Mental health problems such as depression and anxiety are among the largest contributors to ill health in the world (World Health Organization, 2017). They can impact significantly on the life of an individual and their family, but few receive the help they need (World Health Organization, 2013).
In response to barriers to seeking and accessing help, traditional ways of delivering mental health support and services are being complemented with Internet-delivered solutions (Richards, 2008). Online mental health self-help programmes are one such attempt at using the Internet and digital technology to make mental health support more widely available and easier to access for a larger number of people.
Online mental health self-help programmes are mental health apps, online programmes or other online resources that people can use to improve their mental well-being and cope with a mental health problem. The more common types are mental health apps and online programmes such as meditation apps as well as apps and online programmes that are specifically for depression, anxiety, stress, low mood, fear, worry, body image issues or eating disorders.
Most related studies to date have focused on the experiences of people using online mental health self-help programmes as participants in research studies (Fulford et al., 2016). The positive results of these studies have led the way and furthered the development of such online tools. At the same time, the extent and nature of their use outside of research trial settings have been less well investigated (Bauer & Moessner, 2013; Musiat & Tarrier, 2014). Little is known about the actual nature of use of online mental health self-help programmes in people’s everyday life. This research study aims to explore how online mental health self-help programmes are used by people with mental health problems in their everyday lives.
As the Internet and digital technologies are enabling novel ways of seeking and accessing help for mental health problems, many individuals are already actively engaging in online mental health resources, in a specific context ‘shaped’ by technology and its interrelations with users’ everyday lives (Lehoux et al., 2004; Livingstone, 2008). This research study also aims to explore these interrelations in order to understand what place technology has in the experience of an using online mental health self-help programme for mental health support.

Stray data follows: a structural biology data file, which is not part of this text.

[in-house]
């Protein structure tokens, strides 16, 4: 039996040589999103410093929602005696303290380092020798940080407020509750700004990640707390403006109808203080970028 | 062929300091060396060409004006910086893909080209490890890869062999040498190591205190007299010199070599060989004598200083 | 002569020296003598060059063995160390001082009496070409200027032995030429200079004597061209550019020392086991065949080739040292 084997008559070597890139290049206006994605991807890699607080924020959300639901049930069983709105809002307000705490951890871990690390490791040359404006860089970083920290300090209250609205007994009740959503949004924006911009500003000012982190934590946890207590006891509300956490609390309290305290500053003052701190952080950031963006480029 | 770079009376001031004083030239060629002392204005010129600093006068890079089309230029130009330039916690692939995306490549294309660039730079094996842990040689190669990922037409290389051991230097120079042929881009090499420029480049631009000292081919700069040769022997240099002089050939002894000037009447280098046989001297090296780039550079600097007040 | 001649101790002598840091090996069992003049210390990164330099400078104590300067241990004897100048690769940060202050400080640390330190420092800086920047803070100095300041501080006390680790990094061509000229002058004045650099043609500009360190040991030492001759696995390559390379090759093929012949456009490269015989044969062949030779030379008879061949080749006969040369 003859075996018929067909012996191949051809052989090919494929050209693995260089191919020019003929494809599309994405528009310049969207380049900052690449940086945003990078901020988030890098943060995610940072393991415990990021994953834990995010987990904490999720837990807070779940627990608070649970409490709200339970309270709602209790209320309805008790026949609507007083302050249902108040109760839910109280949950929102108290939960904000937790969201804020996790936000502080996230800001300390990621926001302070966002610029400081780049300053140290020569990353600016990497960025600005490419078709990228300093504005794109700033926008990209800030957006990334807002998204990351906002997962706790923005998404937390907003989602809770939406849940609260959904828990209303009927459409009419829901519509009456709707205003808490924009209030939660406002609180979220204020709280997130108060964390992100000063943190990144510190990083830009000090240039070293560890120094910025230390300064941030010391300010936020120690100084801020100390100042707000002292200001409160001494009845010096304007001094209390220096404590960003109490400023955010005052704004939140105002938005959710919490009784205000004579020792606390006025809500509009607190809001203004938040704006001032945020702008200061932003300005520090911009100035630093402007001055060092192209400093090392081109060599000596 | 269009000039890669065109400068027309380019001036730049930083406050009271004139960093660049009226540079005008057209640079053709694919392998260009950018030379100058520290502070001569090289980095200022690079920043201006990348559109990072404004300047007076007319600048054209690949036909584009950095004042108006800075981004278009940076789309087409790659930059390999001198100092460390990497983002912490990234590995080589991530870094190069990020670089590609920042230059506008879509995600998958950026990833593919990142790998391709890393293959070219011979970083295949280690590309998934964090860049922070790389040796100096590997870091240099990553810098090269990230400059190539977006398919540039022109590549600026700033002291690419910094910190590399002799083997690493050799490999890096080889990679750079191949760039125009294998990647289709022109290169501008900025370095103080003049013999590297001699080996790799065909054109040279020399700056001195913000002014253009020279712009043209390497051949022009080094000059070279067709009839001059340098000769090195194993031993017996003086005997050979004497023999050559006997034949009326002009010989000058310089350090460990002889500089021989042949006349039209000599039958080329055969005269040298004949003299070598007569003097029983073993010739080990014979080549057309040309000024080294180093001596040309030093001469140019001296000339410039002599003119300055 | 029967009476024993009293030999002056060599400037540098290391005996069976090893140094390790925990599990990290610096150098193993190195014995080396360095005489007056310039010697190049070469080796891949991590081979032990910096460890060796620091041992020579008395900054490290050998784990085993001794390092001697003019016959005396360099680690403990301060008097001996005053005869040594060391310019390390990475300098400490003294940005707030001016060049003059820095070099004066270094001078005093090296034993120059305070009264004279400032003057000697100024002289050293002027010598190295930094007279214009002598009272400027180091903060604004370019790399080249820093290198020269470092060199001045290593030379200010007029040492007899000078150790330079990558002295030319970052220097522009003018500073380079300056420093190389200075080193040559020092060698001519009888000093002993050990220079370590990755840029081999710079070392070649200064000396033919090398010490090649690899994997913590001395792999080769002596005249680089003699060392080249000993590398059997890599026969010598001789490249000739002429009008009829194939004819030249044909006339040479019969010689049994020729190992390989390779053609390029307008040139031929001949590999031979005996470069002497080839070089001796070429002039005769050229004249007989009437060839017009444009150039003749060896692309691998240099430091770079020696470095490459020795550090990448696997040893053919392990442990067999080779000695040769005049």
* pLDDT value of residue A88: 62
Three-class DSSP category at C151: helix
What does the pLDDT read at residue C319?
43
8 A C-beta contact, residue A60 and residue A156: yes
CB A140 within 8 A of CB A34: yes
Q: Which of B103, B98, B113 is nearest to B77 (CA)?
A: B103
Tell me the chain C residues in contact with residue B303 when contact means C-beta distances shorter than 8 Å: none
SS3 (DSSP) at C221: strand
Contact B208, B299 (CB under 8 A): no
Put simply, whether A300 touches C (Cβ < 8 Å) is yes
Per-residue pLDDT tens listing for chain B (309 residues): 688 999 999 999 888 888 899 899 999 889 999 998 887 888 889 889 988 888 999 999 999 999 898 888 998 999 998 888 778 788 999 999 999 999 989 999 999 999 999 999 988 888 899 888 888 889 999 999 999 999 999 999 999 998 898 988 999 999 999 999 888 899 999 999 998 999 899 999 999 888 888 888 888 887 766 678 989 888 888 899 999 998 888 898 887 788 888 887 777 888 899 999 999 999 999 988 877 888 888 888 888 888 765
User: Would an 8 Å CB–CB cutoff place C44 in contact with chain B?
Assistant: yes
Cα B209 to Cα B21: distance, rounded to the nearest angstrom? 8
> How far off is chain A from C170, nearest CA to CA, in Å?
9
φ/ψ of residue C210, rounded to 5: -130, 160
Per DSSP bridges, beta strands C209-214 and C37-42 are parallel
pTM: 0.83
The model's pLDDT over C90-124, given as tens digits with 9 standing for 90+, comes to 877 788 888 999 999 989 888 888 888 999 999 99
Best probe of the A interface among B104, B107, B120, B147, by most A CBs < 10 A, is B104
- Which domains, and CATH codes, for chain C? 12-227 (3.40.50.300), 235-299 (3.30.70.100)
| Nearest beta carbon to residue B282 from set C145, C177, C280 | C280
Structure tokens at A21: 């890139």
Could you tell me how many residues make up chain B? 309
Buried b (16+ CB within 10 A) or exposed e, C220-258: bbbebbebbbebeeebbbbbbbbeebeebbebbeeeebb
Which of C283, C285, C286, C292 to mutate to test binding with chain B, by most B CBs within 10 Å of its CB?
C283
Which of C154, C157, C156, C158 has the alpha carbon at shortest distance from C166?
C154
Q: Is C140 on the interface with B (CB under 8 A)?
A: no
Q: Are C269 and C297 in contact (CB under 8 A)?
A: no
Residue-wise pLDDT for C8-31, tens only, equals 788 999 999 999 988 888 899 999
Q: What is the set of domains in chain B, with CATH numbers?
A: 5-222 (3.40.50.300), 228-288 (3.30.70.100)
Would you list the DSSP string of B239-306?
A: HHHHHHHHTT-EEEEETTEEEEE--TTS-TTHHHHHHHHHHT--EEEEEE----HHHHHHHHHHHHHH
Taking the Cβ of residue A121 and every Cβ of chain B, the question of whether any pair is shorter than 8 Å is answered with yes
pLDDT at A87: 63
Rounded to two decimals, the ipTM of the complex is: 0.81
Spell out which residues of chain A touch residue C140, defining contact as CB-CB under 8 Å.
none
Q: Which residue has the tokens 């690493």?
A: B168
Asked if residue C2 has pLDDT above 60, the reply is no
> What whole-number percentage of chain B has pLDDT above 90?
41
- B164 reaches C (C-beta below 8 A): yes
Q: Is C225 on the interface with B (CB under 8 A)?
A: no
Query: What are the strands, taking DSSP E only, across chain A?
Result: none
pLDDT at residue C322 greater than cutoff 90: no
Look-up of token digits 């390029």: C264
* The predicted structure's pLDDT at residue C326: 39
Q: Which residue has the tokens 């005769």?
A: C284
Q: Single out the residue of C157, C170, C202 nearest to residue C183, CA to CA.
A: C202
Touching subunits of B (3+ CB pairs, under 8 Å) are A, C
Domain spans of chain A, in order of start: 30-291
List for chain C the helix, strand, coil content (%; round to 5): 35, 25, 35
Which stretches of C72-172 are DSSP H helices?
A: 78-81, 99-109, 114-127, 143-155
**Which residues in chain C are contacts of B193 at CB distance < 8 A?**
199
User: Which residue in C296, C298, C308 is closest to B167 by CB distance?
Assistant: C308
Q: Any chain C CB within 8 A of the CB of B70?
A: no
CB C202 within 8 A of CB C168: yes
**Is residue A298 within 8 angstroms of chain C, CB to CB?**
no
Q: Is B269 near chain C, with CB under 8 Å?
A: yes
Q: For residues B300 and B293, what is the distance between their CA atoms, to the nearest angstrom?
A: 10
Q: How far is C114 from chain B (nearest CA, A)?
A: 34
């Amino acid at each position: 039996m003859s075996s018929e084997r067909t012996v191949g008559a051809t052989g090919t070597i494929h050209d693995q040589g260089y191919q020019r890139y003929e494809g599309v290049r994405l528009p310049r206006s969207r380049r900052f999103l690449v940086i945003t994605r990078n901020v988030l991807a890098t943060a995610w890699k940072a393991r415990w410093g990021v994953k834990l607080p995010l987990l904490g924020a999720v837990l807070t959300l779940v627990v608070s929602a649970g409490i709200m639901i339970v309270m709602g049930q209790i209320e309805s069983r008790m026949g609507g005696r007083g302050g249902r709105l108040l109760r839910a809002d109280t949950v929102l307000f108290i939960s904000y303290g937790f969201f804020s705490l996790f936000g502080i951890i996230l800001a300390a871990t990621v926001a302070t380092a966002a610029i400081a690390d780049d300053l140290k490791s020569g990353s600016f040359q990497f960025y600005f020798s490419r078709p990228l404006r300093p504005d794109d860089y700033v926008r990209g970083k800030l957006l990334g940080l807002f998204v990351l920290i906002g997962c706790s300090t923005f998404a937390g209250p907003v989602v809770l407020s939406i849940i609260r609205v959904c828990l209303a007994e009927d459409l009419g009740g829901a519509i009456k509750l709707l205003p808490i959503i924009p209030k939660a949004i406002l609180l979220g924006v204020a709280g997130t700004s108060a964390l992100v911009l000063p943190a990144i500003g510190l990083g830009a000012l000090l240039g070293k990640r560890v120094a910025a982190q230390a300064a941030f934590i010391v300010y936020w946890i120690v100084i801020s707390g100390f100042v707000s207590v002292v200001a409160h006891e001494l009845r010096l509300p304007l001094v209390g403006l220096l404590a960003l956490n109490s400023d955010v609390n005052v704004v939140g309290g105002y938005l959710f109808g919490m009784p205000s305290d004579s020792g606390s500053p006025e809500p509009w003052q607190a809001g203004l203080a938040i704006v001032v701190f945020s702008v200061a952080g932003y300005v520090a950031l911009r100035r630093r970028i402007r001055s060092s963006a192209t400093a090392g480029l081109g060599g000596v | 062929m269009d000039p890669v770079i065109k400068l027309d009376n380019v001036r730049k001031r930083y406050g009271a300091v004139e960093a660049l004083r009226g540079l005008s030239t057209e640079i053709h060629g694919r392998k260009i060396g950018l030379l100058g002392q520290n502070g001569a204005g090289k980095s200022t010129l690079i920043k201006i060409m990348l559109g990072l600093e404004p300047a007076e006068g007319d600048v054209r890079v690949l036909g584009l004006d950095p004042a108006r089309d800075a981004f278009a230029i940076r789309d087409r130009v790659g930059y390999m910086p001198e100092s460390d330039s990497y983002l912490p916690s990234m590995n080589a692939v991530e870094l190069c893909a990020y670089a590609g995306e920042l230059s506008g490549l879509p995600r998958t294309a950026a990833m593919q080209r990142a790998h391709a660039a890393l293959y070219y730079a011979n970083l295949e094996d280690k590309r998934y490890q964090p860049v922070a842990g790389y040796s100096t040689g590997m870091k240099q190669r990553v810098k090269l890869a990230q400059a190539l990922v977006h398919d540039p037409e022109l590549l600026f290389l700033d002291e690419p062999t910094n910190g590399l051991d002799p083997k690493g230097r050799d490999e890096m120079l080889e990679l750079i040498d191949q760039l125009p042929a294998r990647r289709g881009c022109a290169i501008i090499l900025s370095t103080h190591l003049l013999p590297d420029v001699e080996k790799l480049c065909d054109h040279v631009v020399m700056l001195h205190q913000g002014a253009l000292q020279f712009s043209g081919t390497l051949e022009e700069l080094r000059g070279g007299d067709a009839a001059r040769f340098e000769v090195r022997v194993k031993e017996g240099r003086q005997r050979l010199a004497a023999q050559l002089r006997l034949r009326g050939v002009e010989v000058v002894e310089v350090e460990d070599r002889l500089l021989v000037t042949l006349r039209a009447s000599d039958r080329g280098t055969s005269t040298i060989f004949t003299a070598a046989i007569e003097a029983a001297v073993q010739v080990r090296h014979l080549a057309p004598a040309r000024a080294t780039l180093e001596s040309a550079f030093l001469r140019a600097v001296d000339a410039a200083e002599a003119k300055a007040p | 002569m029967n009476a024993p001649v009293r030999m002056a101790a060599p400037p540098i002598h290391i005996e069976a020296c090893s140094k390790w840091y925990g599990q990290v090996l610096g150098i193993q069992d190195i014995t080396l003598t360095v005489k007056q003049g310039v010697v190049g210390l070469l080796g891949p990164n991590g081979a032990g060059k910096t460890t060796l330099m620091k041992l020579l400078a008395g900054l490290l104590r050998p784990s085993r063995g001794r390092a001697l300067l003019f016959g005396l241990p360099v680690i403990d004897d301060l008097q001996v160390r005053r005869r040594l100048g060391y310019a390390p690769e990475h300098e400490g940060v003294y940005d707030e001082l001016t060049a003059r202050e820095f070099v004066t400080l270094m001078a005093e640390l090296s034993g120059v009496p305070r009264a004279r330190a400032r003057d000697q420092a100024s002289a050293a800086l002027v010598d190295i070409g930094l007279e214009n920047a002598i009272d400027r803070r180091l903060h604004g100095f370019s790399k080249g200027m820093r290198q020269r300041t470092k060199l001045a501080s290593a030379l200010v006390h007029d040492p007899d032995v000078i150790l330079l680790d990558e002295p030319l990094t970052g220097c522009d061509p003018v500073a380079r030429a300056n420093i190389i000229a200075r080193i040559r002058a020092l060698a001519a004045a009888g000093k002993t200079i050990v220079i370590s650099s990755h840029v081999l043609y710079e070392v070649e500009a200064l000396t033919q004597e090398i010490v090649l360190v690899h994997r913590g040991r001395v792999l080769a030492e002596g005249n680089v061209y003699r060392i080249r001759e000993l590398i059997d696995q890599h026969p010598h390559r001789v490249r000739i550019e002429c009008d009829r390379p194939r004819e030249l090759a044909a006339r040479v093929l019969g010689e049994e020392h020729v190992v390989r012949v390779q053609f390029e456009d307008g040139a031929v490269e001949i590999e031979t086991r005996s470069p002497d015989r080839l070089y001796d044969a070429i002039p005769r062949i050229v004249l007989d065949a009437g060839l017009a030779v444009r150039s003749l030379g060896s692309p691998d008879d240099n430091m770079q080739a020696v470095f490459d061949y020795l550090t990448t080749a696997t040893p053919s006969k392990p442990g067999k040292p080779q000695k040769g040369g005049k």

If online mental health self-help programmes are to be useful and relevant to those who are expected to benefit from using them, it is crucial that we learn more about how engaging in such online tools actually plays out in people’s everyday lives. This study will provide valuable insight into existing modes of use of online mental health self-help programmes and how technology contributes to shaping those modes. Such insight will provide critical information on how people with mental health problems do or do not benefit from getting support through online mental health self-help programmes.
Bauer, S., & Moessner, M. (2013). Harnessing the power of technology for the treatment. International Journal of Eating Disorders, 46(5), 508–515.
Fulford, H., McSwiggan, L., Kroll, T., & MacGillivray, S. (2016). Exploring the use of information and communication technology by people with mood disorder: A systematic review and metasynthesis. Journal of Medical Internet Research Mental Health, 3(3), e30.
Lehoux, P., Saint-Arnaud, J., & Richard, L. (2004). The use of technology at home: What patient manuals say and sell vs. what patients face and fear. Sociology of Health and Illness, 26(5), 617–644.
Livingstone, S. (2008). Taking risky opportunities in youthful content creation: Teenagers’ use of social networking sites for intimacy, privacy and self-expression. New Media & Society, 10(3), 393–411.
Musiat, P., & Tarrier, N. (2014). Collateral outcomes in e-mental health: A systematic review of the evidence for added benefits of computerized cognitive behavior therapy interventions for mental health. Psychological Medicine, 44, 3137–3150.
Richards, D. (2008). “The future isn’t what it used to be”: Technology in counselling and psychotherapy. Eisteach. Retrieved from http://www.tara.tcd.ie/handle/2262/33108
World Health Organization (2017). Depression and Other Common Mental Disorders: Global Health Estimates. Geneva: WHO.
World Health Organization (2013). Mental Health Action Plan 2013-2020. Geneva: WHO.